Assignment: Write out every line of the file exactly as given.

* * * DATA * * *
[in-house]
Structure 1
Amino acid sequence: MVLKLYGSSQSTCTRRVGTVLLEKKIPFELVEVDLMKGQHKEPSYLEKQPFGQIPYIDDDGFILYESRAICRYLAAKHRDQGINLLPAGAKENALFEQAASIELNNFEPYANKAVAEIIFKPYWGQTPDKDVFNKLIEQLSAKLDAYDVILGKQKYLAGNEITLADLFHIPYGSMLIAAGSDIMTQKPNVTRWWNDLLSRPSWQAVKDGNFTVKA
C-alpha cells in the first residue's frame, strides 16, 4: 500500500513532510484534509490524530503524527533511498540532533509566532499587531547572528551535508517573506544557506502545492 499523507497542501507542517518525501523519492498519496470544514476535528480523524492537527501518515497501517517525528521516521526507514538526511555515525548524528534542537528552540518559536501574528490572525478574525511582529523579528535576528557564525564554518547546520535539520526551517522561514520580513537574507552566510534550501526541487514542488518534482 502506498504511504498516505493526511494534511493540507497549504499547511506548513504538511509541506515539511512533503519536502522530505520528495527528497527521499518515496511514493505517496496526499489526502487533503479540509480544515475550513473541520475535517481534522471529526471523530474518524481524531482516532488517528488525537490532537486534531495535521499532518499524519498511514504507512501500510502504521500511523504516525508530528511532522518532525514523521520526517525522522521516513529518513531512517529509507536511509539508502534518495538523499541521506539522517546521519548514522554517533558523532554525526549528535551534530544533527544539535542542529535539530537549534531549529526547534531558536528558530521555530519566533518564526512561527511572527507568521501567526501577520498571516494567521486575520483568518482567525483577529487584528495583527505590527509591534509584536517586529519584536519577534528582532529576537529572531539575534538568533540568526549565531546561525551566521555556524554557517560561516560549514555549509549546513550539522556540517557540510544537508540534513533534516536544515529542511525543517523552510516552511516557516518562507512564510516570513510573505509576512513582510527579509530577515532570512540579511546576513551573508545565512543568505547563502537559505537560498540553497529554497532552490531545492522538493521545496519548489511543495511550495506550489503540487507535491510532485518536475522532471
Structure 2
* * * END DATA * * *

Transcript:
[in-house]
Structure 1
Amino acid sequence: MVLKLYGSSQSTCTRRVGTVLLEKKIPFELVEVDLMKGQHKEPSYLEKQPFGQIPYIDDDGFILYESRAICRYLAAKHRDQGINLLPAGAKENALFEQAASIELNNFEPYANKAVAEIIFKPYWGQTPDKDVFNKLIEQLSAKLDAYDVILGKQKYLAGNEITLADLFHIPYGSMLIAAGSDIMTQKPNVTRWWNDLLSRPSWQAVKDGNFTVKA
C-alpha cells in the first residue's frame, strides 16, 4: 500500500513532510484534509490524530503524527533511498540532533509566532499587531547572528551535508517573506544557506502545492 499523507497542501507542517518525501523519492498519496470544514476535528480523524492537527501518515497501517517525528521516521526507514538526511555515525548524528534542537528552540518559536501574528490572525478574525511582529523579528535576528557564525564554518547546520535539520526551517522561514520580513537574507552566510534550501526541487514542488518534482 502506498504511504498516505493526511494534511493540507497549504499547511506548513504538511509541506515539511512533503519536502522530505520528495527528497527521499518515496511514493505517496496526499489526502487533503479540509480544515475550513473541520475535517481534522471529526471523530474518524481524531482516532488517528488525537490532537486534531495535521499532518499524519498511514504507512501500510502504521500511523504516525508530528511532522518532525514523521520526517525522522521516513529518513531512517529509507536511509539508502534518495538523499541521506539522517546521519548514522554517533558523532554525526549528535551534530544533527544539535542542529535539530537549534531549529526547534531558536528558530521555530519566533518564526512561527511572527507568521501567526501577520498571516494567521486575520483568518482567525483577529487584528495583527505590527509591534509584536517586529519584536519577534528582532529576537529572531539575534538568533540568526549565531546561525551566521555556524554557517560561516560549514555549509549546513550539522556540517557540510544537508540534513533534516536544515529542511525543517523552510516552511516557516518562507512564510516570513510573505509576512513582510527579509530577515532570512540579511546576513551573508545565512543568505547563502537559505537560498540553497529554497532552490531545492522538493521545496519548489511543495511550495506550489503540487507535491510532485518536475522532471
Structure 2